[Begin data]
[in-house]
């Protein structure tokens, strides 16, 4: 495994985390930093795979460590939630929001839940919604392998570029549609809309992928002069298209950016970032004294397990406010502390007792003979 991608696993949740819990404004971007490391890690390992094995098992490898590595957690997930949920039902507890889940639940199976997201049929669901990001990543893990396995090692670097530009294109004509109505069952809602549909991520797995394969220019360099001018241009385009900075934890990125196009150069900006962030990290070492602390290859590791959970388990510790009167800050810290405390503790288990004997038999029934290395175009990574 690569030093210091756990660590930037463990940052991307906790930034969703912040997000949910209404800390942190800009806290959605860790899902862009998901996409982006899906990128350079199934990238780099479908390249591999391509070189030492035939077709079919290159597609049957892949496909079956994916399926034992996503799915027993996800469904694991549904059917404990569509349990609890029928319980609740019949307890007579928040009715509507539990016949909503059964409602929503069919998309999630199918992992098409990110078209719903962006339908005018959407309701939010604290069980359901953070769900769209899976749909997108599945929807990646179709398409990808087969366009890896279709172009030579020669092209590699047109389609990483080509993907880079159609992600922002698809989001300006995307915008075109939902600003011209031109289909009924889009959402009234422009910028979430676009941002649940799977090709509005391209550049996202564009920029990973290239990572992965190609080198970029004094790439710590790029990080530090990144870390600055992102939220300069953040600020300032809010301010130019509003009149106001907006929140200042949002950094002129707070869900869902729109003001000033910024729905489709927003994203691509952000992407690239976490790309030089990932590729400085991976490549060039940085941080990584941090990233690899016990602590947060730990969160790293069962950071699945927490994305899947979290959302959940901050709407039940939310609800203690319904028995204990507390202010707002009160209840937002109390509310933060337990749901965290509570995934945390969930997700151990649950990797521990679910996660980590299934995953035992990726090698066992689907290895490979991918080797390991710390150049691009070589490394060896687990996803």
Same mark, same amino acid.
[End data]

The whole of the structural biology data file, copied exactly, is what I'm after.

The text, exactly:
[in-house]
């Protein structure tokens, strides 16, 4: 495994985390930093795979460590939630929001839940919604392998570029549609809309992928002069298209950016970032004294397990406010502390007792003979 991608696993949740819990404004971007490391890690390992094995098992490898590595957690997930949920039902507890889940639940199976997201049929669901990001990543893990396995090692670097530009294109004509109505069952809602549909991520797995394969220019360099001018241009385009900075934890990125196009150069900006962030990290070492602390290859590791959970388990510790009167800050810290405390503790288990004997038999029934290395175009990574 690569030093210091756990660590930037463990940052991307906790930034969703912040997000949910209404800390942190800009806290959605860790899902862009998901996409982006899906990128350079199934990238780099479908390249591999391509070189030492035939077709079919290159597609049957892949496909079956994916399926034992996503799915027993996800469904694991549904059917404990569509349990609890029928319980609740019949307890007579928040009715509507539990016949909503059964409602929503069919998309999630199918992992098409990110078209719903962006339908005018959407309701939010604290069980359901953070769900769209899976749909997108599945929807990646179709398409990808087969366009890896279709172009030579020669092209590699047109389609990483080509993907880079159609992600922002698809989001300006995307915008075109939902600003011209031109289909009924889009959402009234422009910028979430676009941002649940799977090709509005391209550049996202564009920029990973290239990572992965190609080198970029004094790439710590790029990080530090990144870390600055992102939220300069953040600020300032809010301010130019509003009149106001907006929140200042949002950094002129707070869900869902729109003001000033910024729905489709927003994203691509952000992407690239976490790309030089990932590729400085991976490549060039940085941080990584941090990233690899016990602590947060730990969160790293069962950071699945927490994305899947979290959302959940901050709407039940939310609800203690319904028995204990507390202010707002009160209840937002109390509310933060337990749901965290509570995934945390969930997700151990649950990797521990679910996660980590299934995953035992990726090698066992689907290895490979991918080797390991710390150049691009070589490394060896687990996803």
Same mark, same amino acid.